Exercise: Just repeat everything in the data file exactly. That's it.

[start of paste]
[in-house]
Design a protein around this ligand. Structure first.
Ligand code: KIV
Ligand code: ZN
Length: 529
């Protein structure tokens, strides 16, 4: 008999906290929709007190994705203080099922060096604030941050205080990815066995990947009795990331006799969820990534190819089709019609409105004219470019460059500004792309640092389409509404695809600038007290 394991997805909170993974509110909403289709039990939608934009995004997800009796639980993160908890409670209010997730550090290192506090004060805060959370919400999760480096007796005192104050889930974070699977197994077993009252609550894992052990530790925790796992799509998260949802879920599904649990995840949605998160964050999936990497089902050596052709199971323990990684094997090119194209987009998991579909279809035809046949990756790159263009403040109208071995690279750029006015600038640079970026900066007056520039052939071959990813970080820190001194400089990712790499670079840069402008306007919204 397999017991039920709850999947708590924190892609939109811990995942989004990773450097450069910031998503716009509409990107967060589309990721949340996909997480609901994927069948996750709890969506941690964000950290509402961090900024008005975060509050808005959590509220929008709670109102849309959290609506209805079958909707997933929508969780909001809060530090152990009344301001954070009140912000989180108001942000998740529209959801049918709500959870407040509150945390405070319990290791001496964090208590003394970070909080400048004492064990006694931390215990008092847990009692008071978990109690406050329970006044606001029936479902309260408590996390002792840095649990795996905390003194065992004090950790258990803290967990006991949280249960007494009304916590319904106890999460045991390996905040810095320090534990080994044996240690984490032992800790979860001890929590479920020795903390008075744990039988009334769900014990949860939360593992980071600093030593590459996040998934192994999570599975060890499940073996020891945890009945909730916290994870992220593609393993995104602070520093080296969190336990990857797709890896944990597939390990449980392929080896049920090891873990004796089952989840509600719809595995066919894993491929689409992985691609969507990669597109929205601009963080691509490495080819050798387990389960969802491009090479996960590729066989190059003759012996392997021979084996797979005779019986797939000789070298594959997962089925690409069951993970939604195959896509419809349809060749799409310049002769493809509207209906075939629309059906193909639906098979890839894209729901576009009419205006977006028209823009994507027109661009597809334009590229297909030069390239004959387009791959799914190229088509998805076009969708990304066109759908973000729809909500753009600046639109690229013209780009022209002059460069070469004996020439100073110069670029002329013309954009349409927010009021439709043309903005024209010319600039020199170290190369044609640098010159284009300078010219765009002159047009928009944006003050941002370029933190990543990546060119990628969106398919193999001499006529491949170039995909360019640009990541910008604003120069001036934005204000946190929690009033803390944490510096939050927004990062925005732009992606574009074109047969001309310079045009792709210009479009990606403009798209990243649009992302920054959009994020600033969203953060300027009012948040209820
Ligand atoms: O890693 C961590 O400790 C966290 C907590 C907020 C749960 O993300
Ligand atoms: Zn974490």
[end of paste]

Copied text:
[in-house]
Design a protein around this ligand. Structure first.
Ligand code: KIV
Ligand code: ZN
Length: 529
């Protein structure tokens, strides 16, 4: 008999906290929709007190994705203080099922060096604030941050205080990815066995990947009795990331006799969820990534190819089709019609409105004219470019460059500004792309640092389409509404695809600038007290 394991997805909170993974509110909403289709039990939608934009995004997800009796639980993160908890409670209010997730550090290192506090004060805060959370919400999760480096007796005192104050889930974070699977197994077993009252609550894992052990530790925790796992799509998260949802879920599904649990995840949605998160964050999936990497089902050596052709199971323990990684094997090119194209987009998991579909279809035809046949990756790159263009403040109208071995690279750029006015600038640079970026900066007056520039052939071959990813970080820190001194400089990712790499670079840069402008306007919204 397999017991039920709850999947708590924190892609939109811990995942989004990773450097450069910031998503716009509409990107967060589309990721949340996909997480609901994927069948996750709890969506941690964000950290509402961090900024008005975060509050808005959590509220929008709670109102849309959290609506209805079958909707997933929508969780909001809060530090152990009344301001954070009140912000989180108001942000998740529209959801049918709500959870407040509150945390405070319990290791001496964090208590003394970070909080400048004492064990006694931390215990008092847990009692008071978990109690406050329970006044606001029936479902309260408590996390002792840095649990795996905390003194065992004090950790258990803290967990006991949280249960007494009304916590319904106890999460045991390996905040810095320090534990080994044996240690984490032992800790979860001890929590479920020795903390008075744990039988009334769900014990949860939360593992980071600093030593590459996040998934192994999570599975060890499940073996020891945890009945909730916290994870992220593609393993995104602070520093080296969190336990990857797709890896944990597939390990449980392929080896049920090891873990004796089952989840509600719809595995066919894993491929689409992985691609969507990669597109929205601009963080691509490495080819050798387990389960969802491009090479996960590729066989190059003759012996392997021979084996797979005779019986797939000789070298594959997962089925690409069951993970939604195959896509419809349809060749799409310049002769493809509207209906075939629309059906193909639906098979890839894209729901576009009419205006977006028209823009994507027109661009597809334009590229297909030069390239004959387009791959799914190229088509998805076009969708990304066109759908973000729809909500753009600046639109690229013209780009022209002059460069070469004996020439100073110069670029002329013309954009349409927010009021439709043309903005024209010319600039020199170290190369044609640098010159284009300078010219765009002159047009928009944006003050941002370029933190990543990546060119990628969106398919193999001499006529491949170039995909360019640009990541910008604003120069001036934005204000946190929690009033803390944490510096939050927004990062925005732009992606574009074109047969001309310079045009792709210009479009990606403009798209990243649009992302920054959009994020600033969203953060300027009012948040209820
Ligand atoms: O890693 C961590 O400790 C966290 C907590 C907020 C749960 O993300
Ligand atoms: Zn974490």